Coastline at Antalya, Turkiye.
Where are Kevin and Ruth now? Antalya, Turkiye.

Where are Kevin and Ruth going next? Paris, France on May 1st.

Saturday, February 22, 2020

Shopping day for the orphanage

You might have missed last night's blog post... go there first!

So, we had a total of 64,000 pesos (($4,482 CAD, $3,380 USD) to spend.

We sat down with Lily, the director and her husband Juan to discuss what their priorities were. The first thing they brought up was a new water pump. The old one is well... old! And it's not strong enough to begin with. And it keeps breaking down every couple of months and they need to send it out to be repaired and it costs 3,000 or 4,000 pesos every time, and then of course the residence buildings are without water during the downtime.

The proper replacement pump is almost 20,000 pesos.

We all decided that would be money well spent.

But, there is nowhere in Ocozocuatla to buy that particular pump. So we hopped in the van with Lily and her nephew Alejandro and drove to the big city of Tuxtla Guiterrez. We made our way to a big "Home Depot" style hardware store where we went to the back counter to be helped.

Shopping for a pump!

They didn't have the pump in stock in that particular store, however we paid for it there as well as a new magnetic starting switch. Then, we bought 4 floor stand fans. Lily says that the residences get hot and there is no air movement.

Lily, shopping for fans.

Interesting how they do things here. You take a ticket to the cash and pay for your items. They stamp the ticket as paid, and you take the ticket to another counter where they go to get your items. They bring the items to the counter and open all the boxes and make sure all the parts are there. They also plug the items in to make sure they work!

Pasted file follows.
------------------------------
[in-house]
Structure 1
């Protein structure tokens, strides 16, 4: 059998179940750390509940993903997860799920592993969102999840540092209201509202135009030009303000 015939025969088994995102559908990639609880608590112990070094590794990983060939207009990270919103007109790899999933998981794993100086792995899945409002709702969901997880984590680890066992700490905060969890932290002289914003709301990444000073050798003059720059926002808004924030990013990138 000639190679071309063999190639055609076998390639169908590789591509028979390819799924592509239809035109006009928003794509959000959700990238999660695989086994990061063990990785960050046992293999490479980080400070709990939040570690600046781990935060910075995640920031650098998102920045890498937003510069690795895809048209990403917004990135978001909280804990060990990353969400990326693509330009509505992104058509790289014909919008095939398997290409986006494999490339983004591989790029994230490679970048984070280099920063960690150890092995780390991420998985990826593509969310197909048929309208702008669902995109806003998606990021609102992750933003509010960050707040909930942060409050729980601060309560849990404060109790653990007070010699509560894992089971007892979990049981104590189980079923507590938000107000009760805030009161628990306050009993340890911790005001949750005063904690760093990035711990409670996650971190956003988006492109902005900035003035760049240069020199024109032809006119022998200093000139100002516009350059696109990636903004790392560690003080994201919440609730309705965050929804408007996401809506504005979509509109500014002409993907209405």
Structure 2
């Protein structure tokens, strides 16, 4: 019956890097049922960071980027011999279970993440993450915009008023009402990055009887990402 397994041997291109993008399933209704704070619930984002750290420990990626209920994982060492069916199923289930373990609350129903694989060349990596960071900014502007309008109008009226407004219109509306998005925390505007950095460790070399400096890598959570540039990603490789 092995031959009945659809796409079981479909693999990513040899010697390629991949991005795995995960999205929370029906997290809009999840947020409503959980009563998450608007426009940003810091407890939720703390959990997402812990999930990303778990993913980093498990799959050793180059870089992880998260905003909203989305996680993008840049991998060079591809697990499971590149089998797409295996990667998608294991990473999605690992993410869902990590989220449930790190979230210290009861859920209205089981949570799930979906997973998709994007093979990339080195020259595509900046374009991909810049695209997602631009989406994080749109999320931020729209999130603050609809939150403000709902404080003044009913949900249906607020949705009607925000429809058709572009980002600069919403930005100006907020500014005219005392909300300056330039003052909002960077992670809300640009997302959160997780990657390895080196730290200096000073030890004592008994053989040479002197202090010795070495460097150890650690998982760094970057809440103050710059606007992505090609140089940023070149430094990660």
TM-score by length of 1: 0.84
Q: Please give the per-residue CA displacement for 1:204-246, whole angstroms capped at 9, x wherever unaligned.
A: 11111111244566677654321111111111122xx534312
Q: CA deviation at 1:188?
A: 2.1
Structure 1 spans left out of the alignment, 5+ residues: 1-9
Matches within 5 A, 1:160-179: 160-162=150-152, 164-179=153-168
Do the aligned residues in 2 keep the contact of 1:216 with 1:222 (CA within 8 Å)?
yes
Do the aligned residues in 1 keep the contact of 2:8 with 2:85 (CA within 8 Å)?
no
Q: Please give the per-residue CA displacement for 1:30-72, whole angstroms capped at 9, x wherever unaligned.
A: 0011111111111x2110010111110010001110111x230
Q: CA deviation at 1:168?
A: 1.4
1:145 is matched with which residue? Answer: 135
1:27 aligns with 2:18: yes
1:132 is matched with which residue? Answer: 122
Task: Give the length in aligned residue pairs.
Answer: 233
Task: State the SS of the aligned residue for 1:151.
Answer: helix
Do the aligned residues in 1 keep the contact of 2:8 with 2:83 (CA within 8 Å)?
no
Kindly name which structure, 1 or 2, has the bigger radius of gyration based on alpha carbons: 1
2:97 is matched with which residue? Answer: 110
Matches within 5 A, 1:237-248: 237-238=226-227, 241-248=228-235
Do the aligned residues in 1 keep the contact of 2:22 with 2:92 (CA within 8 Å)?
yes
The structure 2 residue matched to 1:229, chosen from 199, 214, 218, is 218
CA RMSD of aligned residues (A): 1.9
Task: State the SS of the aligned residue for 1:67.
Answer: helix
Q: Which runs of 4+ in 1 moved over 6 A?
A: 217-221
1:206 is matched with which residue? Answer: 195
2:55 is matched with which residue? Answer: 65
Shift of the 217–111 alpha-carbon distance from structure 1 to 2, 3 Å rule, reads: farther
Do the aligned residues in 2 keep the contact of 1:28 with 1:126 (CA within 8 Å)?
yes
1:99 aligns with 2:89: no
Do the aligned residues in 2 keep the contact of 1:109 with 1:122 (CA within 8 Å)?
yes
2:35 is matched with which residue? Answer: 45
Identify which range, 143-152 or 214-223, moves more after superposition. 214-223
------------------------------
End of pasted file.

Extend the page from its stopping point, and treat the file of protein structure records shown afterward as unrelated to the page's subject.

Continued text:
Receipt for the pump, switch, and fans.
23,188 pesos.

Next, we drove to the other location to pick up the pump. Once again, they took it out of the crate, wired it up to electricity, and tested everything to make sure it worked.

New water pump!

The next big ticket item on the list was some new furniture. The boys residence living room has an old television, but the boys would just sit on the floor to watch it because there was no furniture! The girls residence is apparently already set up properly. We stopped at two different furniture stores but couldn't find something we all thought was suitable.

We drove back to Ocozocuatla where we went to a small local shop to buy some piñatas and some candy. It's all well and good that we bought a pump, but the kids would not care about that... we need some fun stuff for the kids too!

Receipt for the piñatas and candy.
837 pesos.

Next stop was another furniture store where we found exactly what we were looking for. All 4 of us agreed, and the price was better than the ones we had looked at at the other store. Funny thing, we were in this big store with all kinds of big ticket items... fridges, freezers, mattresses. And they don't take credit cards. Cash only. Fortunately, we were well prepared for this possibility and counted out 9,176 pesos while the salesman typed out the bill on an old electric typewriter!

Ruth and Alejandro testing out the new three piece blue living room set.

Receipt for the living room furniture.
9,176 pesos.

Next stop was the paint store. We are going to put the group to work today doing some painting. Funny, I thought for some reason that paint would be cheaper here in Mexico, but that's not the case. We had a hard time deciding approximately how much we needed, so hopefully we got it right. We'll show you the paint and painting photos tomorrow, but here is the receipt...

Receipt for the paint and supplies.
4,500 pesos.